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Lawrence Museum restores first tractor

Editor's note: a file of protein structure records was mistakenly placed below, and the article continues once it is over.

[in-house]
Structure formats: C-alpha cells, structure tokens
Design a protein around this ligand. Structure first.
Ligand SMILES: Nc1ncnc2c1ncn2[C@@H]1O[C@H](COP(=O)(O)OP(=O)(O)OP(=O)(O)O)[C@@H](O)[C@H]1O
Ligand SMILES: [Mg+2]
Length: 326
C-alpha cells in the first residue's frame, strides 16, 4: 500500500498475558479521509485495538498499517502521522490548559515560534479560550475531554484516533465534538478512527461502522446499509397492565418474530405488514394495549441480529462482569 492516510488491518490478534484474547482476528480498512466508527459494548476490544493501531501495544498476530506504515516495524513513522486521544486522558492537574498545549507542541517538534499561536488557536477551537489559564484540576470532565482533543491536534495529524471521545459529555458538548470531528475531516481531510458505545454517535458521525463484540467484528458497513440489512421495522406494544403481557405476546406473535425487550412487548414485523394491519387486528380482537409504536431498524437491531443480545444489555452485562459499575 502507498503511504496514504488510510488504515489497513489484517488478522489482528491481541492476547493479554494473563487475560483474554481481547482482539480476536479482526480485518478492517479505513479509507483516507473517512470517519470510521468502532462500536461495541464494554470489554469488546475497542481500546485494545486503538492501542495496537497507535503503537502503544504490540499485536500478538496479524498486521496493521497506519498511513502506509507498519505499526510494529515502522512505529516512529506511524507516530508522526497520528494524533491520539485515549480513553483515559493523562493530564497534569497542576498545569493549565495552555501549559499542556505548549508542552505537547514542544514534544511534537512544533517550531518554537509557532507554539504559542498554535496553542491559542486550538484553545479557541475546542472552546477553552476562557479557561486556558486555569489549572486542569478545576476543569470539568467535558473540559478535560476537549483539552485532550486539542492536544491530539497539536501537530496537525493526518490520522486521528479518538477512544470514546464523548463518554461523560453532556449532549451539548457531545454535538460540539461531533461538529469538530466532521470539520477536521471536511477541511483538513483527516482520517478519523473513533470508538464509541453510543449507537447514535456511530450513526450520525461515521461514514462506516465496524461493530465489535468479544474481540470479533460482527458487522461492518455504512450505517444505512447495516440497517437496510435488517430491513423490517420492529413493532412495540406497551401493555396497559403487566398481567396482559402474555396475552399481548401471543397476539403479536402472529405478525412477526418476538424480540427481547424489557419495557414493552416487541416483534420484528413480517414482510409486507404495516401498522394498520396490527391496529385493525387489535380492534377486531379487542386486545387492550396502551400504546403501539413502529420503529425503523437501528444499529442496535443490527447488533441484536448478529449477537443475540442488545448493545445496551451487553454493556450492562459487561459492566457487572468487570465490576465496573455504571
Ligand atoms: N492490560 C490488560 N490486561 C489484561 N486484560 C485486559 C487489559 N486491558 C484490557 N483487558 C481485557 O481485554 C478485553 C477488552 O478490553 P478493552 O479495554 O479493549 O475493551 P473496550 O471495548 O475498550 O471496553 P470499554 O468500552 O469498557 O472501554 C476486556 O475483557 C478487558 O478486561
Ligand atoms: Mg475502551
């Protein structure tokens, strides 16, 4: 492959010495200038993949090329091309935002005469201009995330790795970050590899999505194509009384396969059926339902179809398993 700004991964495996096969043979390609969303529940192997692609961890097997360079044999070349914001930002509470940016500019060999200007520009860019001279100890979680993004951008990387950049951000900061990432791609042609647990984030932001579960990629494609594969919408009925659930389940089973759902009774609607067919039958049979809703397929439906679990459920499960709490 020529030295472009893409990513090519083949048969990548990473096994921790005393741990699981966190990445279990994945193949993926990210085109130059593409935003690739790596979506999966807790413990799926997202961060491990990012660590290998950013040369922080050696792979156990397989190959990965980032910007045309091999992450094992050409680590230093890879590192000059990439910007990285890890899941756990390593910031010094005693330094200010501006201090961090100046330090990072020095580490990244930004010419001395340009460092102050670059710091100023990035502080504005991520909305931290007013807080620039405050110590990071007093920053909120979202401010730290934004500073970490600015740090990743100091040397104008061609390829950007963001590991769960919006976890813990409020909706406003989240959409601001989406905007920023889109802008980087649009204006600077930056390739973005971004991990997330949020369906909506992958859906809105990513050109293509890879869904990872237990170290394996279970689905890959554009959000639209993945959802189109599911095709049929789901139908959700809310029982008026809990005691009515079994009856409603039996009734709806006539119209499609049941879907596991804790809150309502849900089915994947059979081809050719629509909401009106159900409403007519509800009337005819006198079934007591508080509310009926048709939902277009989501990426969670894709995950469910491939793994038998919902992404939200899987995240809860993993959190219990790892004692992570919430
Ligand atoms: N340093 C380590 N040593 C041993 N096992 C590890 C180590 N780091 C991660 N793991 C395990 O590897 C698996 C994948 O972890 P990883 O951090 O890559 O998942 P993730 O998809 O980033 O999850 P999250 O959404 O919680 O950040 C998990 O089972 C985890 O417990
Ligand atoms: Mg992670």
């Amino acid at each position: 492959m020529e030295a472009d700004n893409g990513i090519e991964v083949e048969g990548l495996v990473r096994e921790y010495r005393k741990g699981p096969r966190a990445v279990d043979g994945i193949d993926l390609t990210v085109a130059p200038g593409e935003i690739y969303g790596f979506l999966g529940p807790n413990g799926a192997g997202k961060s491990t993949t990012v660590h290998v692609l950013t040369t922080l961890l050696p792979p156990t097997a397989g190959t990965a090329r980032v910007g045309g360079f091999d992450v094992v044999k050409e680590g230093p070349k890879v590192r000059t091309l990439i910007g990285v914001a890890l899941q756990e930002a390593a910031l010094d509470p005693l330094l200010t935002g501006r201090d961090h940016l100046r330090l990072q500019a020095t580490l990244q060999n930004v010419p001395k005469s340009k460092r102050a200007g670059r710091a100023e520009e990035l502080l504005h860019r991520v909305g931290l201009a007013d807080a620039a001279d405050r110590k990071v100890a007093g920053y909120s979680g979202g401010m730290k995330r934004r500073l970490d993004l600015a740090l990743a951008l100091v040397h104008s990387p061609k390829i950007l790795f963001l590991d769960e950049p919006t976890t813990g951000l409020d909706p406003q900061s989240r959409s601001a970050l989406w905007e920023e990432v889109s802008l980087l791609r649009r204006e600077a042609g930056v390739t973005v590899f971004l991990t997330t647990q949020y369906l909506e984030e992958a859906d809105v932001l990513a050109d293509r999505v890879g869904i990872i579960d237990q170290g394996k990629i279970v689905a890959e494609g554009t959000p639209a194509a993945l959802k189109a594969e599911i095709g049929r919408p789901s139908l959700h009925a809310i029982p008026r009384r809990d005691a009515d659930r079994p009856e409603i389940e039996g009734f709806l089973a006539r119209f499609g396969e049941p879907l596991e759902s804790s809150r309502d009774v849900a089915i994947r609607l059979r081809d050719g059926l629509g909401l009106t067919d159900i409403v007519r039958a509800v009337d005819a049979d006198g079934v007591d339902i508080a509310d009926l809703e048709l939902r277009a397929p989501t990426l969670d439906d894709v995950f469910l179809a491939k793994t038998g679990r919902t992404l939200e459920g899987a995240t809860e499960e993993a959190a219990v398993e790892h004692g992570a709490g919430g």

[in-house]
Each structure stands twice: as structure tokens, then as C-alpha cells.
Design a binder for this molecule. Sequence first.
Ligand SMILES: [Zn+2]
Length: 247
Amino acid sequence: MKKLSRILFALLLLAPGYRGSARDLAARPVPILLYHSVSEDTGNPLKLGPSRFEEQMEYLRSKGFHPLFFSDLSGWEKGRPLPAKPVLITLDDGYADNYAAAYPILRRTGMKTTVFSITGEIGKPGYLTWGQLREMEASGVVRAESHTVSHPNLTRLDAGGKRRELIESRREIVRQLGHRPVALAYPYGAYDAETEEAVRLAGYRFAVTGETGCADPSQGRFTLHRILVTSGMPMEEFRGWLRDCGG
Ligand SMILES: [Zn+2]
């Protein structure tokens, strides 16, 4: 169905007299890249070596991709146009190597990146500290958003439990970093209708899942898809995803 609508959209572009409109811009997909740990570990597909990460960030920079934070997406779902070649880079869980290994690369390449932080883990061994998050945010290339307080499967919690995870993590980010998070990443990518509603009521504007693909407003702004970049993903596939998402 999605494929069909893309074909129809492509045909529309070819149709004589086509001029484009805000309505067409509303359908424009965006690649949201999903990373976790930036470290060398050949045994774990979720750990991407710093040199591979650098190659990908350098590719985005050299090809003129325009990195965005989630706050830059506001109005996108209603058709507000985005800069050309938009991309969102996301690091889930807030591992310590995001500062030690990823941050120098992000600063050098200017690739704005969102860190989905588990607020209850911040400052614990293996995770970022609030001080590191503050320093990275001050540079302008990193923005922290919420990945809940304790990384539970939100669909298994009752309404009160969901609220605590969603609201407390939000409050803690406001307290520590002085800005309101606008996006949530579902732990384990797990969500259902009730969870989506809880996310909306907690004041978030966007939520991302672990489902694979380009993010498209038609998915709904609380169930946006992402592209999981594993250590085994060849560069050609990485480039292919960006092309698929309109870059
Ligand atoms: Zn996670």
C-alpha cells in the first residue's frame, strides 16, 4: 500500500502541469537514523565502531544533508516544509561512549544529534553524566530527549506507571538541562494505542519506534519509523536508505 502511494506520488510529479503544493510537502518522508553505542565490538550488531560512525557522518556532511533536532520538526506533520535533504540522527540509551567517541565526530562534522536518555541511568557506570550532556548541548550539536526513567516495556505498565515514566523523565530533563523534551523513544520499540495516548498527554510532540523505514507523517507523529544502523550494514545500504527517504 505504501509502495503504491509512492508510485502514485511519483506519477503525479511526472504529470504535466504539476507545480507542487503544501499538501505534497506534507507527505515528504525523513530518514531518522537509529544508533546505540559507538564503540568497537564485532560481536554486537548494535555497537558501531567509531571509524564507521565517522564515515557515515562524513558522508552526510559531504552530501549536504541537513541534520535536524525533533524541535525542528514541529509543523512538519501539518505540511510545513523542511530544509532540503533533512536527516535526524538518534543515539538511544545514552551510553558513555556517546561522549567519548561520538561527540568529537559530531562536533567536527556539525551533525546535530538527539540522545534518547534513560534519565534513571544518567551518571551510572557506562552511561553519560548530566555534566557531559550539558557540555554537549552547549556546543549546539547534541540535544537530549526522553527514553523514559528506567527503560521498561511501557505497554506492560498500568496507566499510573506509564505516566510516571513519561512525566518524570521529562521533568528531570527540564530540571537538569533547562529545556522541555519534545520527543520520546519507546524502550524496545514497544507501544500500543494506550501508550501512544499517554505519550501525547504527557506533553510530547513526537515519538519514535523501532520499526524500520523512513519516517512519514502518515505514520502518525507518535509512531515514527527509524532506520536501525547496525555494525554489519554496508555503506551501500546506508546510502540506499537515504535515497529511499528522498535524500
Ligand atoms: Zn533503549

Lynne Mowbray | The Lawrence Museum is in the process of restoring the villages first ever tractor. According to press clippings at the time, the Fordson tractor was purchased by Charley Child from the City Motor Garage and Engineering Co, Ltd of Grafton, in June 1921. Mr Child was seen as the pioneer of traction on the Clarence River. It was reported that Mr Child saw the great possibilities of this tractor when he witnessed the demonstrations given by the local agents at the previous Clarence River Show. Mr Child provided a ploughing demonstration on his property at Lawrence to share with local farmers, the endless tasks which could be undertaken with his new machine. These included: ploughing, harrowing, mowing lucerne, chaff cutting and driving the saw for cutting up timber [Charley and his brother Jimmy owned a sawmill in Ward Street, Lawrence]. The new tractor was capable of doing more work than Mr Child’s property would allow and so he began contract ploughing. His first contract was carried out on Miss McBride’s property, ‘Lanark Lodge’ at Lawrence. The historic Fordson tractor was donated to the museum by John Harrison formally of Lawrence, who was given the tractor by Charley. Lawrence Museum volunteer Geoff Bert is currently restoring the iconic tractor at the museum, which is currently in pieces. Lawrence Museum vice president Ros Jones said that they are looking forward to the seeing the tractor restored to its former glory and eventually on display to the public. Thanks to the Lawrence Museum for providing the information for this article. Information was sourced from National Library of Australia – Daily Examiner Grafton.